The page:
“Sometimes even a mundane photograph can have a powerful and lasting historical impact. This is the story of one such photograph—a picture that not only changed the life of the man it showed, but also set in motion the longest and most expensive trial in British legal history, and sparked a national debate over the role of photography as evidence in a court of law.”

Tucker also is associate professor of feminist, gender and sexuality studies, associate professor in the environmental studies program, associate professor of science in society, and faculty fellow in the College of the Environment.

 

Rutland Assesses the Threat from Russia in U.K. Mirror

Peter Rutland, the Colin and Nancy Campbell Professor in Global Issues and Democratic Thoughts, writes in the Mirror (U.K.) about the threat to the West by Russian President Vladimir Putin. He considers the comparison made by British Defense Secretary Michael Fallon to the Islamic State. While “Putin’s people are not beheading Christians or burning captives alive,” writes Rutland, Russia has nuclear weapons — lots of them. “And is willing to use them if necessary,” he writes.

“Deterrence only works if both sides see each other as unwilling to risk war. And [Putin] believes the West will not risk nuclear conflict over where to draw Ukraine’s borders, or the language rights of people in breakaway Donetsk and Luhansk,” Rutland writes. “He has shown in words and deeds that he is willing to risk war to stop Ukraine from joining NATO.”

Rutland also is professor of government, professor of Russian and Eastern European studies, and tutor in the College of Social Studies.

Post Delivers 24th Annual Hugo L. Black Lecture on Freedom of Expression

Robert Post, dean and Sol & Lillian Goldman Professor of Law at Yale Law School, delivered the 24th Annual Hugo L. Black Lecture on Freedom of Expression Feb. 19 in Memorial Chapel.

Robert Post, dean and Sol & Lillian Goldman Professor of Law at Yale Law School, delivered the 24th Annual Hugo L. Black Lecture on Freedom of Expression Feb. 19 in Memorial Chapel. His talk was titled “The First Amendment, Knowledge, and Academic Freedom.”

The lecture is named in honor of the late U.S. Supreme Court Justice and endowed by Leonard S. Halpert, Esq., ’44.

The lecture is named in honor of the late U.S. Supreme Court Justice and endowed by Leonard S. Halpert, Esq., ’44.

Weil Leads Workshops in Chile on Trends in American Animal Studies

Kari Weil, University Professor of Letters, director of the College of Letters, spoke on "Current Trends in American Animal Studies Educational Diplomacy" at the U.S. Embassy in Santiago, Chile.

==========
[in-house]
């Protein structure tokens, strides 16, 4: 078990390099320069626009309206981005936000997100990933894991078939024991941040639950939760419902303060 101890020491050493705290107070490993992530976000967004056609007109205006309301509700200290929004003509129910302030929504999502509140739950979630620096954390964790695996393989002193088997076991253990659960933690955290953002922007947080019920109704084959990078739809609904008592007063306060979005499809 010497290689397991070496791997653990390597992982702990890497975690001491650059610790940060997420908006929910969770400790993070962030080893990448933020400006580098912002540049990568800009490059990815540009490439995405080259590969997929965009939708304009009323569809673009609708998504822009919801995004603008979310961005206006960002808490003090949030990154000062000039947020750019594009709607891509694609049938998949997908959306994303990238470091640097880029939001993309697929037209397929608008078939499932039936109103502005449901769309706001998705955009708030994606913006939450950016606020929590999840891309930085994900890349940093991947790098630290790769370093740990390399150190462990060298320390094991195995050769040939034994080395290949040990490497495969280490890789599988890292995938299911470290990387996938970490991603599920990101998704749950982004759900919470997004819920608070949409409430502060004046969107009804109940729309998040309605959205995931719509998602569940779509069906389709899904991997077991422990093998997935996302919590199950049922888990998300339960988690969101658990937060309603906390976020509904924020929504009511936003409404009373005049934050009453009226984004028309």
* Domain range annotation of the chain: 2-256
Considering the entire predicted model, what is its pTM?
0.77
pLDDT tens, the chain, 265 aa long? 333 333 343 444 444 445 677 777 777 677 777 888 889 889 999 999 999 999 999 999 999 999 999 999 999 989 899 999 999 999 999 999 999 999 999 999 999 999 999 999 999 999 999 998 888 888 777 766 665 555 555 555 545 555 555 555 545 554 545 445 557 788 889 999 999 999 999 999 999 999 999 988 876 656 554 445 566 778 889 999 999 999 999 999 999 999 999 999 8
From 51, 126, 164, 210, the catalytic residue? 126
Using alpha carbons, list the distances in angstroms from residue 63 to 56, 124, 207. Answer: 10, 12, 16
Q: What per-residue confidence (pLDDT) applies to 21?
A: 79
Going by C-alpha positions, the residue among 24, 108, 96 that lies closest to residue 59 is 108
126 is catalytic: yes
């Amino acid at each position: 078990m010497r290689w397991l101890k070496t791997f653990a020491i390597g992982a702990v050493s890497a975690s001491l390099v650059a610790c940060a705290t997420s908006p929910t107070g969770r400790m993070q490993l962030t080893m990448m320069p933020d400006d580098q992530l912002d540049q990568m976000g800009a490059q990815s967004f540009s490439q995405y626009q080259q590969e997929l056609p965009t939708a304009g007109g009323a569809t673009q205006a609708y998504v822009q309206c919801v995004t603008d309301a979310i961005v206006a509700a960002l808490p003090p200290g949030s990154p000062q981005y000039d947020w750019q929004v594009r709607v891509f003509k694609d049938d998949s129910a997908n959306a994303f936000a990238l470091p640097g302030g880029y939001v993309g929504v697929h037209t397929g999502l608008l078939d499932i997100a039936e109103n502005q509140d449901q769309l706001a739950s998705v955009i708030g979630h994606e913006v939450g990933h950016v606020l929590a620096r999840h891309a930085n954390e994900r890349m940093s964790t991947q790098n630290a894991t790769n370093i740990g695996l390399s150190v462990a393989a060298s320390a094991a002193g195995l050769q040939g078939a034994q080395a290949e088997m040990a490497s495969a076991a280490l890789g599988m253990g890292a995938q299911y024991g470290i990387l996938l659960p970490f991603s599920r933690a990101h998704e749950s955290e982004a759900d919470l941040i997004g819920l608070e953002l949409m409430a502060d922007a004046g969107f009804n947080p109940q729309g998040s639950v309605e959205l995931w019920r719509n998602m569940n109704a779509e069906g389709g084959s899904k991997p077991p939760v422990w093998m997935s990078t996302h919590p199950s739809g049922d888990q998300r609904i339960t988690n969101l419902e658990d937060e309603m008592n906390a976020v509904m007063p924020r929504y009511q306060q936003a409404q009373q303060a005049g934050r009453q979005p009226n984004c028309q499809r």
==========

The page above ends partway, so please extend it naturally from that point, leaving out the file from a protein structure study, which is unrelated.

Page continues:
Kari Weil, University Professor of Letters, director of the College of Letters, spoke on “Current Trends in American Animal Studies” at the Pontificia Catholic University of Chile. Her invitation was part of an academic agreement between the university and the Cultural Affairs Section of the U.S. Embassy in Chile.

Stray dogs are everywhere in Santiago, Chile. They lie on sidewalks, wander the parks, and even cross busy streets unaided. No one seems to mind; they’re just part of the culture.

For Kari Weil, University Professor of Letters, they also were a striking reminder of the purpose of her recent trip to Santiago. At the invitation of the U.S. Embassy there, she visited the Pontificia Catholic University of Chile Jan. 6-9 to discuss current trends in American animal studies.

Although academics have studied animals from various perspectives for a long time, animal studies as a cross-disciplinary field has come into its own fairly recently. The field, developing robustly in the United States, draws the attention of scholars in areas such as anthropology, film studies, psychology, literary studies and philosophy. At Wesleyan, Weil and Lori Gruen, professor of philosophy, have led the development of an Animal Studies program with courses ranging from Animal Theories/Human Fictions to Applied Animal Welfare Science and Bioethics and the Animal/Human Boundary. They also co-sponsor a summer fellowship in animal studies at Wesleyan, in conjunction with the Animals and Society Institute.

In some areas outside the United States,

In New Book, Caldwell Investigates Roman Girlhood and the Fashioning of Femininity

Lauren Caldwell, assistant professor of classical studies, is the author of a new book titled Roman Girlhood and the Fashioning of Femininity, published by Cambridge University Press in December 2014.

Elite women in the Roman world were often educated, socially prominent, and even relatively independent. Yet the social regime that ushered these same women into marriage and childbearing at an early age was remarkably restrictive. In the first book-length study of girlhood in the early Roman Empire, Caldwell investigates the reasons for this paradox. Through an examination of literary, legal, medical and epigraphic sources, she identifies the social pressures that tended to overwhelm concerns about girls’ individual health and well-being. In demonstrating how early marriage was driven by a variety of concerns, including the value placed on premarital virginity and paternal authority, this book enhances an understanding of the position of girls as they made the transition from childhood to womanhood.